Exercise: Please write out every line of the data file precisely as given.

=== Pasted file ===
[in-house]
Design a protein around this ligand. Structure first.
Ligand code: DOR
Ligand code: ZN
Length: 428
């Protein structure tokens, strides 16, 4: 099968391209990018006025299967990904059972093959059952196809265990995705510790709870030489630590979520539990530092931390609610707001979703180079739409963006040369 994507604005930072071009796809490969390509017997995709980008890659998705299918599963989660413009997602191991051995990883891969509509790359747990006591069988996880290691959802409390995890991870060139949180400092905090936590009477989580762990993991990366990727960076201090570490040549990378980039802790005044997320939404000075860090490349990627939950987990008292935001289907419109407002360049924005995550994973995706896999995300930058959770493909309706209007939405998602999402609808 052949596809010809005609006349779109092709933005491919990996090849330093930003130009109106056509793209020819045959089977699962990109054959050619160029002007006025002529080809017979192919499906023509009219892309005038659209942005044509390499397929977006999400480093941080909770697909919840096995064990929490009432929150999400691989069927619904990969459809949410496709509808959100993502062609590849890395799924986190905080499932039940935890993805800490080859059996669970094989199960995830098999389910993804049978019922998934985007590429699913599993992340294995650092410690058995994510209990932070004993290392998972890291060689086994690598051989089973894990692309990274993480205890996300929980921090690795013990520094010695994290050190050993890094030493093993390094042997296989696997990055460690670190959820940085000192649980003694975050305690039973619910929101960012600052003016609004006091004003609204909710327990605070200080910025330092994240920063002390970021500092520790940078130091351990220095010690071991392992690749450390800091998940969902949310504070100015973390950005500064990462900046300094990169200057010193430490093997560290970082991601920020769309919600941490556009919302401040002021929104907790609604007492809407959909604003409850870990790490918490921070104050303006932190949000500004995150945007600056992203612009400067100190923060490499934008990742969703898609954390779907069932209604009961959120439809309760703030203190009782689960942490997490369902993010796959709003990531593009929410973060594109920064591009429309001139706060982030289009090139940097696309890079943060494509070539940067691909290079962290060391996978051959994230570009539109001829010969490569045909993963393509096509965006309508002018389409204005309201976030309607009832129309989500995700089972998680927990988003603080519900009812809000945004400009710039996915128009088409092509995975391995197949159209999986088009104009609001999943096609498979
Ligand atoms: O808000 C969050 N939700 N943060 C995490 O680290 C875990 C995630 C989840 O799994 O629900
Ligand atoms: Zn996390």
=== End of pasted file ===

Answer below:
[in-house]
Design a protein around this ligand. Structure first.
Ligand code: DOR
Ligand code: ZN
Length: 428
């Protein structure tokens, strides 16, 4: 099968391209990018006025299967990904059972093959059952196809265990995705510790709870030489630590979520539990530092931390609610707001979703180079739409963006040369 994507604005930072071009796809490969390509017997995709980008890659998705299918599963989660413009997602191991051995990883891969509509790359747990006591069988996880290691959802409390995890991870060139949180400092905090936590009477989580762990993991990366990727960076201090570490040549990378980039802790005044997320939404000075860090490349990627939950987990008292935001289907419109407002360049924005995550994973995706896999995300930058959770493909309706209007939405998602999402609808 052949596809010809005609006349779109092709933005491919990996090849330093930003130009109106056509793209020819045959089977699962990109054959050619160029002007006025002529080809017979192919499906023509009219892309005038659209942005044509390499397929977006999400480093941080909770697909919840096995064990929490009432929150999400691989069927619904990969459809949410496709509808959100993502062609590849890395799924986190905080499932039940935890993805800490080859059996669970094989199960995830098999389910993804049978019922998934985007590429699913599993992340294995650092410690058995994510209990932070004993290392998972890291060689086994690598051989089973894990692309990274993480205890996300929980921090690795013990520094010695994290050190050993890094030493093993390094042997296989696997990055460690670190959820940085000192649980003694975050305690039973619910929101960012600052003016609004006091004003609204909710327990605070200080910025330092994240920063002390970021500092520790940078130091351990220095010690071991392992690749450390800091998940969902949310504070100015973390950005500064990462900046300094990169200057010193430490093997560290970082991601920020769309919600941490556009919302401040002021929104907790609604007492809407959909604003409850870990790490918490921070104050303006932190949000500004995150945007600056992203612009400067100190923060490499934008990742969703898609954390779907069932209604009961959120439809309760703030203190009782689960942490997490369902993010796959709003990531593009929410973060594109920064591009429309001139706060982030289009090139940097696309890079943060494509070539940067691909290079962290060391996978051959994230570009539109001829010969490569045909993963393509096509965006309508002018389409204005309201976030309607009832129309989500995700089972998680927990988003603080519900009812809000945004400009710039996915128009088409092509995975391995197949159209999986088009104009609001999943096609498979
Ligand atoms: O808000 C969050 N939700 N943060 C995490 O680290 C875990 C995630 C989840 O799994 O629900
Ligand atoms: Zn996390």